How to tackle childhood obesity?
In a recent editorial, the board came out against a proposal in San Francisco (which has since passed) to ban promotional toys that come with fast-food meals unless those meals meet nutritional requirements.
This is a particularly ill-considered weapon in the war against childhood obesity because it removes a choice that rightly belongs to parents […] This is where the federal government could helpfully step in, not by regulating what people choose to eat but by convening a panel of experts in this field to develop an array of effective proposals that cities could consider, while avoiding options that trample on the rights of individual consumers.
Elaborating on a study by Yale University researchers about the marketing of fast foods to children, Kelly Brownell wrote Monday for the Atlantic’s food section that the government must step in. The Yale professor and director of the Rudd Center for Food Policy and Obesity said:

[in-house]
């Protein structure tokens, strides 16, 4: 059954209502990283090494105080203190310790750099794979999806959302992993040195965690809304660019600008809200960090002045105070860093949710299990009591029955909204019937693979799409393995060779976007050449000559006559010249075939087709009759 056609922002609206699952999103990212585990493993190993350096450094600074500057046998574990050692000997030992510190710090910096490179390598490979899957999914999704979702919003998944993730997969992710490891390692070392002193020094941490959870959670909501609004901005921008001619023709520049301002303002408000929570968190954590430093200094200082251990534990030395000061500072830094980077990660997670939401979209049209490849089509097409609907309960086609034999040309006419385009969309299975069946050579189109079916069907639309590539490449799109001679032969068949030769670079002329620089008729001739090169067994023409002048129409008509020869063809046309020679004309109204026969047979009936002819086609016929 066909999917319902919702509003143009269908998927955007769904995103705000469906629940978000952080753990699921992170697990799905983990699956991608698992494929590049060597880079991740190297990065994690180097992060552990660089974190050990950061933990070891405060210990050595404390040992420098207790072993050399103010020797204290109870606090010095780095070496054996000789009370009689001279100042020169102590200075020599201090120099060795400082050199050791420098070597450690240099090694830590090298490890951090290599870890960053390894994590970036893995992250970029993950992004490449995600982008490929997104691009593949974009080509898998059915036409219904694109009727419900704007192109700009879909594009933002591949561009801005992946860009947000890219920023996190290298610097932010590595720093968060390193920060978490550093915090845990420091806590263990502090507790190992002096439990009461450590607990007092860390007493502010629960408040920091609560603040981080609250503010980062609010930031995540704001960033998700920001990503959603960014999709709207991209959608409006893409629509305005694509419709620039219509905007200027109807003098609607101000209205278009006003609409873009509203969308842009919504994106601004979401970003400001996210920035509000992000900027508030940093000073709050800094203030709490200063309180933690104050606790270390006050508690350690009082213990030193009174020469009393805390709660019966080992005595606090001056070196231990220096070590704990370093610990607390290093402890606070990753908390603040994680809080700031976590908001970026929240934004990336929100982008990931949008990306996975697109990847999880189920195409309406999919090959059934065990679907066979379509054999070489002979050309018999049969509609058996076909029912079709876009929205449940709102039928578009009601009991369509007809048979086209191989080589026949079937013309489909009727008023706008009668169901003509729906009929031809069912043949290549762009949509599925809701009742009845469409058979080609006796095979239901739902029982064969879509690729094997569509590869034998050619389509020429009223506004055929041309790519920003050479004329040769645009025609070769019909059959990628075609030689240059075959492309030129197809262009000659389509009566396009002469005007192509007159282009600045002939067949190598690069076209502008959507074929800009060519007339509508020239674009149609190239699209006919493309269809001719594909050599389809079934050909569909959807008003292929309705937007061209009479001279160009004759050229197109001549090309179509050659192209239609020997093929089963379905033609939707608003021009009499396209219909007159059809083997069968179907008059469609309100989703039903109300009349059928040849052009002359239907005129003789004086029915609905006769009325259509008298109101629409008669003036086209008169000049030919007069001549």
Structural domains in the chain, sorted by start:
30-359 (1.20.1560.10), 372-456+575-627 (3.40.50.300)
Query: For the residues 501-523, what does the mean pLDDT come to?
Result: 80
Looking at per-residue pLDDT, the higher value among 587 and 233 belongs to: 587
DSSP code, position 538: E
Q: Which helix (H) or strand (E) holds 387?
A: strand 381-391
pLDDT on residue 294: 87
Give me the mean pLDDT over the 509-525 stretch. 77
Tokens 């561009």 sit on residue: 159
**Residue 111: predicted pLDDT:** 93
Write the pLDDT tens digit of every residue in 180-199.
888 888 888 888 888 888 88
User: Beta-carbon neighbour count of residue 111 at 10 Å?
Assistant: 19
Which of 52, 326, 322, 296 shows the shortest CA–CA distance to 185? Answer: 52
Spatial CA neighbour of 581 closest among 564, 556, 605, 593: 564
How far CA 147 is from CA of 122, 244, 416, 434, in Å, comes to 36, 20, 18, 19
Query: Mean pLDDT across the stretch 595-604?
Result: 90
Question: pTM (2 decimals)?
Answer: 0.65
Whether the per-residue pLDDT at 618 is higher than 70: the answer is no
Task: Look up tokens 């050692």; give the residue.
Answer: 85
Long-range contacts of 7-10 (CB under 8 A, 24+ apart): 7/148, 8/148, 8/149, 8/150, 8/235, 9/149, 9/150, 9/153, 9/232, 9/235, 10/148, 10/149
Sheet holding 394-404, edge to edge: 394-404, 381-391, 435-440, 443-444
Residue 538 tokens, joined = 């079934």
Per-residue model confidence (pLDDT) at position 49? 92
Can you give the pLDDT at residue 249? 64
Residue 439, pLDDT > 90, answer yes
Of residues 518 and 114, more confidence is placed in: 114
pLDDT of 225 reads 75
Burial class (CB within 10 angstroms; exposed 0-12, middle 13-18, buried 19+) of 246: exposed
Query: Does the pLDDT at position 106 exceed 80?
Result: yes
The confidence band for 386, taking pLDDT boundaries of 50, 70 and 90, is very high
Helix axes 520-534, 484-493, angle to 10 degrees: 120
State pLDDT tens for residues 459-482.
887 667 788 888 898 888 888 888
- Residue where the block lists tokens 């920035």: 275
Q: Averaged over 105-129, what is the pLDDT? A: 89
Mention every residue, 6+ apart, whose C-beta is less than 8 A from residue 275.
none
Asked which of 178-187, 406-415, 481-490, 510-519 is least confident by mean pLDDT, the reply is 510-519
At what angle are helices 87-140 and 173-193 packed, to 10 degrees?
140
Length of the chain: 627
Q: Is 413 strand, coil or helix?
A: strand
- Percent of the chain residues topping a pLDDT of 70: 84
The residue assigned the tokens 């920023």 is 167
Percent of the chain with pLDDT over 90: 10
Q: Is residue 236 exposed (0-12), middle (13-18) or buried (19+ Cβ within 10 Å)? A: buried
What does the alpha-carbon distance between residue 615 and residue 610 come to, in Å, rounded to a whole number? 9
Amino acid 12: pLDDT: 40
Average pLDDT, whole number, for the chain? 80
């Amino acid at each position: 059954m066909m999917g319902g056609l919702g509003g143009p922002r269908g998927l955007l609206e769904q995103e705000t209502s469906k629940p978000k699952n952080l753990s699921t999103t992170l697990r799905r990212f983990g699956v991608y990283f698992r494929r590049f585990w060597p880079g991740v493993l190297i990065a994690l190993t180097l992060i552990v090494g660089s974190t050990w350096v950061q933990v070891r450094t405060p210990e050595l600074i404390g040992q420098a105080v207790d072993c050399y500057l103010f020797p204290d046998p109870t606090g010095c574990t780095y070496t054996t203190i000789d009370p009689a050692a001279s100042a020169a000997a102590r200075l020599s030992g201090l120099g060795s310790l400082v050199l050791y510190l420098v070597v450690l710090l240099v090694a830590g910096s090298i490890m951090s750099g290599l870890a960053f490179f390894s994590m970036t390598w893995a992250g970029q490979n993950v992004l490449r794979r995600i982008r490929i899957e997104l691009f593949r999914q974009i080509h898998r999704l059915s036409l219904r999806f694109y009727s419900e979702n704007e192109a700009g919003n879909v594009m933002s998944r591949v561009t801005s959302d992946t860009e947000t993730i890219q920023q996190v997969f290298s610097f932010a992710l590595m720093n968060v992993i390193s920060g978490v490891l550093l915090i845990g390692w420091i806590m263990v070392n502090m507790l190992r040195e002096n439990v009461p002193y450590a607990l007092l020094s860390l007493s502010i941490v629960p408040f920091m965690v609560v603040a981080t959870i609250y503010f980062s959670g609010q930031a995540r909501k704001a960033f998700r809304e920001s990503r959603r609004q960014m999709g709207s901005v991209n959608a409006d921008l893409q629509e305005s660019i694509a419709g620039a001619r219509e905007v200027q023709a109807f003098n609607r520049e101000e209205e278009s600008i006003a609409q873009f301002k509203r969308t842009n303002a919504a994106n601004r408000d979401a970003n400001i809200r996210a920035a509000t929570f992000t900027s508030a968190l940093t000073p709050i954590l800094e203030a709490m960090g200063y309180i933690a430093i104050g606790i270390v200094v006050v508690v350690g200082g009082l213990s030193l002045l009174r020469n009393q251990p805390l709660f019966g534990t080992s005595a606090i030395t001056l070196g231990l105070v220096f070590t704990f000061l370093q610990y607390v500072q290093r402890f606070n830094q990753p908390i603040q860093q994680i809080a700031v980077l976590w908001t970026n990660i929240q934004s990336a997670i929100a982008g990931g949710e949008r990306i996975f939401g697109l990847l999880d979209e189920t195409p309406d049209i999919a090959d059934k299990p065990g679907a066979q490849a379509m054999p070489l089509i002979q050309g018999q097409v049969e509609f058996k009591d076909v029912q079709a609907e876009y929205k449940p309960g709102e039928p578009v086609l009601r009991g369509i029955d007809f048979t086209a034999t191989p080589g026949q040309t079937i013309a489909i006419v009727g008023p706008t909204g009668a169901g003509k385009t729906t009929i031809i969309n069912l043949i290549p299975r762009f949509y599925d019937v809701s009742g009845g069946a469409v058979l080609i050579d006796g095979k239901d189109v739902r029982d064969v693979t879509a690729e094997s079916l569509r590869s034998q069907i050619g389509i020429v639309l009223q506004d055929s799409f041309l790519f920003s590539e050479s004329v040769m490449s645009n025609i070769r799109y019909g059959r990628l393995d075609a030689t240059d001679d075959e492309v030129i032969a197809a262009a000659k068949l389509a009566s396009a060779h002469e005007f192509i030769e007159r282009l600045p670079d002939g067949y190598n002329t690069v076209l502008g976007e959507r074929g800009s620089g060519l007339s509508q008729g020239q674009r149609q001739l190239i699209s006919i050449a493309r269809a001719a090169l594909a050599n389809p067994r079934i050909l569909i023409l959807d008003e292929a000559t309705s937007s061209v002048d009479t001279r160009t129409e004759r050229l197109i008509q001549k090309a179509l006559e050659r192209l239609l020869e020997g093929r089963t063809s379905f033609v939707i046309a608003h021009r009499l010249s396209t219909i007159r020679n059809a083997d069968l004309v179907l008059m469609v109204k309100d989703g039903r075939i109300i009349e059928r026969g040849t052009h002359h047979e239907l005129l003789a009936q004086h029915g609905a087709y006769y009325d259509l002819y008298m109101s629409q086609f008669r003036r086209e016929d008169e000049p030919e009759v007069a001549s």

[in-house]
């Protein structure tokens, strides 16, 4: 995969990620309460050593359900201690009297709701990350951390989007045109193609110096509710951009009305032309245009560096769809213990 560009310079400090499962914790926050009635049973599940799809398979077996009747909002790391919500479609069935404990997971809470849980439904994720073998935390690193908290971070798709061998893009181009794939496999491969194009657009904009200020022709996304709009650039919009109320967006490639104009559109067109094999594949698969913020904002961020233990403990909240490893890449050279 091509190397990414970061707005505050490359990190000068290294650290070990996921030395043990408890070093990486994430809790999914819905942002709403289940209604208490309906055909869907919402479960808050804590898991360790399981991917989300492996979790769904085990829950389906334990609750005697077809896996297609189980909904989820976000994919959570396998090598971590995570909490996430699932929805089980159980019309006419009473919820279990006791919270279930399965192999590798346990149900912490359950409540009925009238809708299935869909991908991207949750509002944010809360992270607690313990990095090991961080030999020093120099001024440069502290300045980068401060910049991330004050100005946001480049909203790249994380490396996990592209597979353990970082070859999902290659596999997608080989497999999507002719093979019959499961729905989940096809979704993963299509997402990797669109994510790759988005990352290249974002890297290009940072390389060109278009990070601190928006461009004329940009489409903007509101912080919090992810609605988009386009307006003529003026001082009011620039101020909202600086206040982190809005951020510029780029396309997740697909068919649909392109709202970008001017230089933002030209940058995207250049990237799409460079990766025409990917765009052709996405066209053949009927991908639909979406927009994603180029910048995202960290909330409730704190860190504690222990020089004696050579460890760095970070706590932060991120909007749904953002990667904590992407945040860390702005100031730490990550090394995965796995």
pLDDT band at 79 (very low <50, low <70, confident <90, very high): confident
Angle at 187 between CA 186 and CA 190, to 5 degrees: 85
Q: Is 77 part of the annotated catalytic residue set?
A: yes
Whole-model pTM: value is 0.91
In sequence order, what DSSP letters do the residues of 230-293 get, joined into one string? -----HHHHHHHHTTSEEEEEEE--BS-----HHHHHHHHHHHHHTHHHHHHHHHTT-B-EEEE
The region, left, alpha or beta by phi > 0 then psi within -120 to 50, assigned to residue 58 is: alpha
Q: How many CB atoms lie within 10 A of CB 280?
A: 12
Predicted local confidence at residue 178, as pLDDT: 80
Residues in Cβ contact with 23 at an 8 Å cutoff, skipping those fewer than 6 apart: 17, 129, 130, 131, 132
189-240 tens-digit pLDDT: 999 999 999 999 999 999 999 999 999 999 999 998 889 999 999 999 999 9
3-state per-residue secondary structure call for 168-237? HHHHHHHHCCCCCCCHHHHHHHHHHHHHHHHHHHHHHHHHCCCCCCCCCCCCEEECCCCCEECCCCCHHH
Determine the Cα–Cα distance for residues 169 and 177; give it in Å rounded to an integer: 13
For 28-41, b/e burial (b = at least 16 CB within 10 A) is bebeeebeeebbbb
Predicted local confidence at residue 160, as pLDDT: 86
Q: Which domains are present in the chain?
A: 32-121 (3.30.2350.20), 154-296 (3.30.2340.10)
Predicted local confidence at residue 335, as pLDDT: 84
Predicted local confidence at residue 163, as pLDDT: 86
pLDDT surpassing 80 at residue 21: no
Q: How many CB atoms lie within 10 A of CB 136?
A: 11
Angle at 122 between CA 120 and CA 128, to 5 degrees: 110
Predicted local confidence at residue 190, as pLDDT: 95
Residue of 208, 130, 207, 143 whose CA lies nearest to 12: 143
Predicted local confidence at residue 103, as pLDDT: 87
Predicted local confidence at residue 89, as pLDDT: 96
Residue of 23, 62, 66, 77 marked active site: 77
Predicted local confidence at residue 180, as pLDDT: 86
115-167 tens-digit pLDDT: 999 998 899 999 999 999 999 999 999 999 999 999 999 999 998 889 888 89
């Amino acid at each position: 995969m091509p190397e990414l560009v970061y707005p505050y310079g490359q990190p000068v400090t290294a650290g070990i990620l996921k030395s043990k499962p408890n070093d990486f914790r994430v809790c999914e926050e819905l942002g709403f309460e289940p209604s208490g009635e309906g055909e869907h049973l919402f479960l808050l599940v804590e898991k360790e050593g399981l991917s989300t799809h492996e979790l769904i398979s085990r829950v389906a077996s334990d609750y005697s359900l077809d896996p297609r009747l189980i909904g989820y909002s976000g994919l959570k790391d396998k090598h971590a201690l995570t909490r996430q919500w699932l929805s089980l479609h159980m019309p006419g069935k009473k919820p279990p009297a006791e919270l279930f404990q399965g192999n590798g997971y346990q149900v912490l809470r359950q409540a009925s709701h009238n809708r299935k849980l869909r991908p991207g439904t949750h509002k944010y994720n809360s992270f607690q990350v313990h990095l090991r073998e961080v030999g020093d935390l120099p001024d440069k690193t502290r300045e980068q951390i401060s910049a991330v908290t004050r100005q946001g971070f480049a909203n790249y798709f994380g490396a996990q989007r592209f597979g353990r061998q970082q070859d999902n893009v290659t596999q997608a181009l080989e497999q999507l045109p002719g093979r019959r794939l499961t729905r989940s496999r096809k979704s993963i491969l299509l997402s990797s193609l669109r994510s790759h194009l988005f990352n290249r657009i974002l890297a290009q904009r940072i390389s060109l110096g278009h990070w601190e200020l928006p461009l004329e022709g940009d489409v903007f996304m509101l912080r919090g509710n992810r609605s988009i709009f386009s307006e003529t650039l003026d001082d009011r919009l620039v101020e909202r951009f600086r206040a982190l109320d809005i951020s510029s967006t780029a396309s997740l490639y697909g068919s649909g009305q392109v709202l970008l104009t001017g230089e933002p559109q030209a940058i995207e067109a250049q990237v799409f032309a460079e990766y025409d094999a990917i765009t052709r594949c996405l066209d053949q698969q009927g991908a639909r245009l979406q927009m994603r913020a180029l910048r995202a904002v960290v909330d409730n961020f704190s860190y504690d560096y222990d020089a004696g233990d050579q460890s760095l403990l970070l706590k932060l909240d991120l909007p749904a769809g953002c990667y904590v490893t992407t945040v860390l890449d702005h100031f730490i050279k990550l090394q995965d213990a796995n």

It has the authority to restrict marketing aimed at children and also has sway over what goes into food (for example, a number of cities in the U.S. and the entire country of Denmark have banned trans fats in restaurant foods). It is only a matter of time before government exercises this authority, driven by grave concern over rising healthcare costs, recognition that children need protecting, and legislators responding to public outrage as people learn just what industry is doing. Children's health is not something to be auctioned off to big food companies.
What role should the government take in combating childhood obesity? Ban vending machines at schools? Discourage soda consumption? Build alluring recreational facilities at parks? Please, weigh in.
-- Alexandra Le Tellier
Photo: A Happy Meal at McDonald's in San Francisco. Credit: David Paul Morris / Getty Images